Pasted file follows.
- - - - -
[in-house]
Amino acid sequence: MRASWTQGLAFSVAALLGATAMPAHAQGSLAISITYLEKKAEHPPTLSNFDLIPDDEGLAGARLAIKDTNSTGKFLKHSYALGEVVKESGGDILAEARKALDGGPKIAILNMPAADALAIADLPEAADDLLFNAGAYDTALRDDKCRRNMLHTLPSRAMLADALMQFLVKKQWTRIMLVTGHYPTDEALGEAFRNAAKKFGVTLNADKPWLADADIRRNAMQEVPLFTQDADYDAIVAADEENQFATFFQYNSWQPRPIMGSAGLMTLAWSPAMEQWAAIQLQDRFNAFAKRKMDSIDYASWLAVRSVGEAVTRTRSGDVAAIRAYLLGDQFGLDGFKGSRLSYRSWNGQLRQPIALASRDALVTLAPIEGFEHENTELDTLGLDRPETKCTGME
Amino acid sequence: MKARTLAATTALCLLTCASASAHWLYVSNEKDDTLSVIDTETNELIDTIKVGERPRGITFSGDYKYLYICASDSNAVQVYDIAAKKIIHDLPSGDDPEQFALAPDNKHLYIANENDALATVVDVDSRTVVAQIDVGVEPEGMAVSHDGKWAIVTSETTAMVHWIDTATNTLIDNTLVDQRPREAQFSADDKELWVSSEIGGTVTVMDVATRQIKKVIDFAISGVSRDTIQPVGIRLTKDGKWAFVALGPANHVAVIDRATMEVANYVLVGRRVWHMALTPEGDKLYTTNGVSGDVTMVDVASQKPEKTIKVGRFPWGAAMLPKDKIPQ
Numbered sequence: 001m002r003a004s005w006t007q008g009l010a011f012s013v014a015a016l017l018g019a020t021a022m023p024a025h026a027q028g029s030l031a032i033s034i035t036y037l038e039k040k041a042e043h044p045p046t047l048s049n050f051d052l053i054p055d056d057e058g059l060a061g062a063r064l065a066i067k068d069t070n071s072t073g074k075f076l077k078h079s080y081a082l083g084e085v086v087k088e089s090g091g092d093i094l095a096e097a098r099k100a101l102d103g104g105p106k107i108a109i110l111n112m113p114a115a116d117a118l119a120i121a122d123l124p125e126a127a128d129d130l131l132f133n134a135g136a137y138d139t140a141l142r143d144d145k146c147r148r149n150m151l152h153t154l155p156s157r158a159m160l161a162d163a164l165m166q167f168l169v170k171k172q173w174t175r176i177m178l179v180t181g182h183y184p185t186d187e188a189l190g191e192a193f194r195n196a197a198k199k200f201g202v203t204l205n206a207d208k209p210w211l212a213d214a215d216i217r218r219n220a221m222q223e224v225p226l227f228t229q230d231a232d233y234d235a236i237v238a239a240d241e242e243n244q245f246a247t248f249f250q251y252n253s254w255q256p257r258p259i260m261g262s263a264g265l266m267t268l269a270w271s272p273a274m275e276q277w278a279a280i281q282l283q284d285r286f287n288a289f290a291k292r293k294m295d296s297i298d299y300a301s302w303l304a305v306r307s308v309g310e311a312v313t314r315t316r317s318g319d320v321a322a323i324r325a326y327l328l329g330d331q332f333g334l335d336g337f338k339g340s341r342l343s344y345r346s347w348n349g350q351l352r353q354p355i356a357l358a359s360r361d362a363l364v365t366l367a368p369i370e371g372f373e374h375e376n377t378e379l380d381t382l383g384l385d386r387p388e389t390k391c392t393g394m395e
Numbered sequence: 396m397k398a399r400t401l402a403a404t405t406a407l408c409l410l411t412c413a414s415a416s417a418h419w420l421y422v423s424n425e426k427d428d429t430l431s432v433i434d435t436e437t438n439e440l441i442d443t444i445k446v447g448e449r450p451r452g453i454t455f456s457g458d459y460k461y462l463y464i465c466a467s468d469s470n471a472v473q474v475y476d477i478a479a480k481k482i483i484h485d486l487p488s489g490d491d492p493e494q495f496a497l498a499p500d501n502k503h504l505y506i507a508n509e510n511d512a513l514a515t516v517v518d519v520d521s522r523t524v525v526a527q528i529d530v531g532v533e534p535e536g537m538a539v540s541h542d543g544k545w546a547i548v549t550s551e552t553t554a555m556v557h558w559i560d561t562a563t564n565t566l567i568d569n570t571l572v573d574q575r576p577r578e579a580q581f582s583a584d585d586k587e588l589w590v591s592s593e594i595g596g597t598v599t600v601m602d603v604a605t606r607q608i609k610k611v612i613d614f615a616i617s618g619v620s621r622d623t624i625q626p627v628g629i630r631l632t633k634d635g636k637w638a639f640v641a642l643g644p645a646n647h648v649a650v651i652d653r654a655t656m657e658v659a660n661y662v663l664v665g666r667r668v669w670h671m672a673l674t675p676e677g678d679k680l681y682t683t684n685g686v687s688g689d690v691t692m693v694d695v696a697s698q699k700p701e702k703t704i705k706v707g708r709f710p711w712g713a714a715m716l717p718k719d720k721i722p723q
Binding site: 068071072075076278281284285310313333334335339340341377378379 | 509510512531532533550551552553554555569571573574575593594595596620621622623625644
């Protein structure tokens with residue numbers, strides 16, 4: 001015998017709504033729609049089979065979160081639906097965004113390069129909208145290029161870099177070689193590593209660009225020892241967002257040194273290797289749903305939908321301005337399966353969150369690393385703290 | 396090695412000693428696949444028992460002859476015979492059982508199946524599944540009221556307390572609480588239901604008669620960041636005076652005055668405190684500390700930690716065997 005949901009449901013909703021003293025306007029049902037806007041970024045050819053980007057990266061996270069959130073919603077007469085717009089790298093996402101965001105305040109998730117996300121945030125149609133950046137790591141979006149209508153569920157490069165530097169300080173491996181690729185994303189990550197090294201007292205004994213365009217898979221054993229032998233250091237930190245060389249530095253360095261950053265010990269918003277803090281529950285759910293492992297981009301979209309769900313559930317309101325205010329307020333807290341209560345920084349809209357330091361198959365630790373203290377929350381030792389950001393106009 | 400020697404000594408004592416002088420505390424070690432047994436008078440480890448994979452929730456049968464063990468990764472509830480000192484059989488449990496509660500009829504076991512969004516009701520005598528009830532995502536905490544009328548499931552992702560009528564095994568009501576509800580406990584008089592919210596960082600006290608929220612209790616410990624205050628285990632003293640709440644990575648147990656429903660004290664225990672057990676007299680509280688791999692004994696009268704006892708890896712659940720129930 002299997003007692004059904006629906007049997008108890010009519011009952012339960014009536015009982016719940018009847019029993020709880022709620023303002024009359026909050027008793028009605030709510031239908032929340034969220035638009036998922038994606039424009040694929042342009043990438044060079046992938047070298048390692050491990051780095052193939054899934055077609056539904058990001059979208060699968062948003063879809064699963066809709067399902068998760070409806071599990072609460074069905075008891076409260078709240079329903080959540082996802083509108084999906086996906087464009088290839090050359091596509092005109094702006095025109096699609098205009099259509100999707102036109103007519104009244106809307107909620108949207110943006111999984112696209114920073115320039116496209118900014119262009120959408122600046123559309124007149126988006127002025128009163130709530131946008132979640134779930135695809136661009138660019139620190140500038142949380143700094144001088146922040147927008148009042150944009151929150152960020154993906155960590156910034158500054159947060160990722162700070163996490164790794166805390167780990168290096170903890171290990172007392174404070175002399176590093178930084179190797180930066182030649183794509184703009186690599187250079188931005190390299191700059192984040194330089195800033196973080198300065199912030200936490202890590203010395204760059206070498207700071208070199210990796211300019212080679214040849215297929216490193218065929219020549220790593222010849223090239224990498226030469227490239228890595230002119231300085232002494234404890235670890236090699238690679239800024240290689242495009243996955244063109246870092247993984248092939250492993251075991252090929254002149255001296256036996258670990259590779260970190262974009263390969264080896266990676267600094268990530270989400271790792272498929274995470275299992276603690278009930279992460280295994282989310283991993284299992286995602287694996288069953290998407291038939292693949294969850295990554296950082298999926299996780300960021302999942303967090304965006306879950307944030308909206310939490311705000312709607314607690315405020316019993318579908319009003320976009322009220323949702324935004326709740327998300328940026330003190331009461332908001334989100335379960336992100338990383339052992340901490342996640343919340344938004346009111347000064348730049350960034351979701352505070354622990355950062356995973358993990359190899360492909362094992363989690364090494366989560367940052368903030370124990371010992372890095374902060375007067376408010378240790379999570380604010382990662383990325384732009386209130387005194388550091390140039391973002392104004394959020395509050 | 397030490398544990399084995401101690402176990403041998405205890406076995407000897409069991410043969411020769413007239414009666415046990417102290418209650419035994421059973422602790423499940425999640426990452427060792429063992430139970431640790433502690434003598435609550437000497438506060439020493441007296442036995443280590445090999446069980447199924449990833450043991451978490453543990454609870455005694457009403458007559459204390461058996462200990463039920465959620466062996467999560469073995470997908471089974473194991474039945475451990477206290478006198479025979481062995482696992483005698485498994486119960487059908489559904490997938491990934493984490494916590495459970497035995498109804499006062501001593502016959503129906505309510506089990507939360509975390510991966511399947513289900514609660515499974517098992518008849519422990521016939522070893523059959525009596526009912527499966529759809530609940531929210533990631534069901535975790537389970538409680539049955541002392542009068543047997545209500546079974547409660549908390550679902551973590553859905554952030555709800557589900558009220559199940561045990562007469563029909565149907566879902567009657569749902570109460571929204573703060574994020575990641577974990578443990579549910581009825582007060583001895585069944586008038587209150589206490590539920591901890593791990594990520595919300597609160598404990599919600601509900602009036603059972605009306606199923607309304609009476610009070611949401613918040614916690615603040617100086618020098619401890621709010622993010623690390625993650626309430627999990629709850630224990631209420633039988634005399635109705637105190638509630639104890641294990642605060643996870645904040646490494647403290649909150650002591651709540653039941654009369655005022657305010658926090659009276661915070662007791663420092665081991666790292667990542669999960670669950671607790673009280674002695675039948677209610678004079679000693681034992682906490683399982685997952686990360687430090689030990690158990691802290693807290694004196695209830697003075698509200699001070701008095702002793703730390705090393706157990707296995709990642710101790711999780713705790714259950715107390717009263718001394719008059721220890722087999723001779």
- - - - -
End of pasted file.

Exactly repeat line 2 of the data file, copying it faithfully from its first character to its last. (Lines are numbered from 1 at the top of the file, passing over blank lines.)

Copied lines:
Amino acid sequence: MRASWTQGLAFSVAALLGATAMPAHAQGSLAISITYLEKKAEHPPTLSNFDLIPDDEGLAGARLAIKDTNSTGKFLKHSYALGEVVKESGGDILAEARKALDGGPKIAILNMPAADALAIADLPEAADDLLFNAGAYDTALRDDKCRRNMLHTLPSRAMLADALMQFLVKKQWTRIMLVTGHYPTDEALGEAFRNAAKKFGVTLNADKPWLADADIRRNAMQEVPLFTQDADYDAIVAADEENQFATFFQYNSWQPRPIMGSAGLMTLAWSPAMEQWAAIQLQDRFNAFAKRKMDSIDYASWLAVRSVGEAVTRTRSGDVAAIRAYLLGDQFGLDGFKGSRLSYRSWNGQLRQPIALASRDALVTLAPIEGFEHENTELDTLGLDRPETKCTGME